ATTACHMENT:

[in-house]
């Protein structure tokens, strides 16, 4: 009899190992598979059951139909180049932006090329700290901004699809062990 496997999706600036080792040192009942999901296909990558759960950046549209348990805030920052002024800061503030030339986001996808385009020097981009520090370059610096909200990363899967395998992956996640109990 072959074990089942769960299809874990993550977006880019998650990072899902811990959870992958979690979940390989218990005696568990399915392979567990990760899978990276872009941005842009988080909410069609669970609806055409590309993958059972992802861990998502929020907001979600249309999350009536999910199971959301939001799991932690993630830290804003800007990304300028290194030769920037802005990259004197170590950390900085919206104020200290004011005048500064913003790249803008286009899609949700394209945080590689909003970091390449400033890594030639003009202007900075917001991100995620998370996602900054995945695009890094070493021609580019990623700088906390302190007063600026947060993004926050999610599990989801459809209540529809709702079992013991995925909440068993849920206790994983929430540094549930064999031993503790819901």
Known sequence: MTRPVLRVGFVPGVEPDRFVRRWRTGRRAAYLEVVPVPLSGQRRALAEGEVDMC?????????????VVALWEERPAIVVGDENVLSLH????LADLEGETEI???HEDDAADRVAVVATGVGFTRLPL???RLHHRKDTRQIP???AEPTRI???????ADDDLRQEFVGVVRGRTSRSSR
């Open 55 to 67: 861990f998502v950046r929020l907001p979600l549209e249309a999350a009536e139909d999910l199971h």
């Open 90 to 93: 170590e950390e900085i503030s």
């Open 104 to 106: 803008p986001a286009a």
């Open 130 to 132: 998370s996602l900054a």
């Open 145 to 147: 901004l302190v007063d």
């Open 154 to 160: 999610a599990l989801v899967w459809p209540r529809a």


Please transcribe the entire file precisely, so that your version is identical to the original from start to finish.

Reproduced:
[in-house]
């Protein structure tokens, strides 16, 4: 009899190992598979059951139909180049932006090329700290901004699809062990 496997999706600036080792040192009942999901296909990558759960950046549209348990805030920052002024800061503030030339986001996808385009020097981009520090370059610096909200990363899967395998992956996640109990 072959074990089942769960299809874990993550977006880019998650990072899902811990959870992958979690979940390989218990005696568990399915392979567990990760899978990276872009941005842009988080909410069609669970609806055409590309993958059972992802861990998502929020907001979600249309999350009536999910199971959301939001799991932690993630830290804003800007990304300028290194030769920037802005990259004197170590950390900085919206104020200290004011005048500064913003790249803008286009899609949700394209945080590689909003970091390449400033890594030639003009202007900075917001991100995620998370996602900054995945695009890094070493021609580019990623700088906390302190007063600026947060993004926050999610599990989801459809209540529809709702079992013991995925909440068993849920206790994983929430540094549930064999031993503790819901």
Known sequence: MTRPVLRVGFVPGVEPDRFVRRWRTGRRAAYLEVVPVPLSGQRRALAEGEVDMC?????????????VVALWEERPAIVVGDENVLSLH????LADLEGETEI???HEDDAADRVAVVATGVGFTRLPL???RLHHRKDTRQIP???AEPTRI???????ADDDLRQEFVGVVRGRTSRSSR
């Open 55 to 67: 861990f998502v950046r929020l907001p979600l549209e249309a999350a009536e139909d999910l199971h």
């Open 90 to 93: 170590e950390e900085i503030s």
């Open 104 to 106: 803008p986001a286009a």
């Open 130 to 132: 998370s996602l900054a």
């Open 145 to 147: 901004l302190v007063d």
């Open 154 to 160: 999610a599990l989801v899967w459809p209540r529809a």